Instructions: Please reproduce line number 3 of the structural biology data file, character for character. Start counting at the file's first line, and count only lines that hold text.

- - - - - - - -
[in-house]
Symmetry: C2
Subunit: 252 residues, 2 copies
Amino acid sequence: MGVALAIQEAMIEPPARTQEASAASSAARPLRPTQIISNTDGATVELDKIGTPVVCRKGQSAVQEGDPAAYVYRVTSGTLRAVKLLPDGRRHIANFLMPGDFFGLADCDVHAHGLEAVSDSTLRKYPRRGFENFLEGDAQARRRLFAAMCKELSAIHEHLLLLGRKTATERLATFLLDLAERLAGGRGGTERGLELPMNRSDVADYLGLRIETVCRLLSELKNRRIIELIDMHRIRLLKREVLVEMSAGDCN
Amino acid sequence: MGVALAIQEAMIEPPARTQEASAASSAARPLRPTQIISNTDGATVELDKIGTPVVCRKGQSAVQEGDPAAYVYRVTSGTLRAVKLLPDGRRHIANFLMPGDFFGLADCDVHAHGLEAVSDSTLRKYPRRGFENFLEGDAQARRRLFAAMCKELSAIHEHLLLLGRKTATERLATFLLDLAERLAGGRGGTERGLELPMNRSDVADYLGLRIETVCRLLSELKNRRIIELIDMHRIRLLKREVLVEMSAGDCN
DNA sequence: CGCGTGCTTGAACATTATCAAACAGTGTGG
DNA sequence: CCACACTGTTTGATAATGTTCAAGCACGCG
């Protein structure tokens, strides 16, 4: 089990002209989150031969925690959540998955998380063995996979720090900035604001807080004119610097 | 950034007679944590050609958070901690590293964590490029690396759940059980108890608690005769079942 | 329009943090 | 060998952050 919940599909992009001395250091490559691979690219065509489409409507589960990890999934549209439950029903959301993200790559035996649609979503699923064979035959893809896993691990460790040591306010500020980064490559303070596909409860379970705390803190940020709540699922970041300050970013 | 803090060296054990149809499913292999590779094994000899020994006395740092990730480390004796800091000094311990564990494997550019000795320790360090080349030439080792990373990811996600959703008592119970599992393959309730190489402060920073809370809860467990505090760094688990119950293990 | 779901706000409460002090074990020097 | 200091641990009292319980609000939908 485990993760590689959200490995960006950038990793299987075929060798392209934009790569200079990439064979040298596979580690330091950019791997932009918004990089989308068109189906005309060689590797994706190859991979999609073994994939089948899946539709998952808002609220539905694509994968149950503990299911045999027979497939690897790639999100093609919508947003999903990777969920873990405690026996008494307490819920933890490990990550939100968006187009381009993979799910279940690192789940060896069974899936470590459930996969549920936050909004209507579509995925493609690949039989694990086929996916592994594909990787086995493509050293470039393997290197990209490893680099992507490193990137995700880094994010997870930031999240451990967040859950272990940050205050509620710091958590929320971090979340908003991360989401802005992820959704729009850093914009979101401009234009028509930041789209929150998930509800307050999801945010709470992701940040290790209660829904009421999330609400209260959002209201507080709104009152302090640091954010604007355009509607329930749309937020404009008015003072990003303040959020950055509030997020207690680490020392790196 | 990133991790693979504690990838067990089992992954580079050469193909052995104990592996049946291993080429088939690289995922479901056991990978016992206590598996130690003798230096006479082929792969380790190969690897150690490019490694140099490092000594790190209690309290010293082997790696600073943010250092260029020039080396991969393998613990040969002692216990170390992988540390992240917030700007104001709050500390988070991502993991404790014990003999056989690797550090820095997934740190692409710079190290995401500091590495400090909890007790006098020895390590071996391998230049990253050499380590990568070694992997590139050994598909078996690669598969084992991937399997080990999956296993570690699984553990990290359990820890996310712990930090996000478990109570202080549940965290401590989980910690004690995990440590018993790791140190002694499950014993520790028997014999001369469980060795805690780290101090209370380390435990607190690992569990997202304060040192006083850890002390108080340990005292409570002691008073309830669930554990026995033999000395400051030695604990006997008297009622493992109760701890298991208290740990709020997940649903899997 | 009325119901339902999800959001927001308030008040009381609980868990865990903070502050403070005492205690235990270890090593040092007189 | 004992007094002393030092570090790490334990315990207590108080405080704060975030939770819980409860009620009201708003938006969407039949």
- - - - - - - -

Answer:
Subunit: 252 residues, 2 copies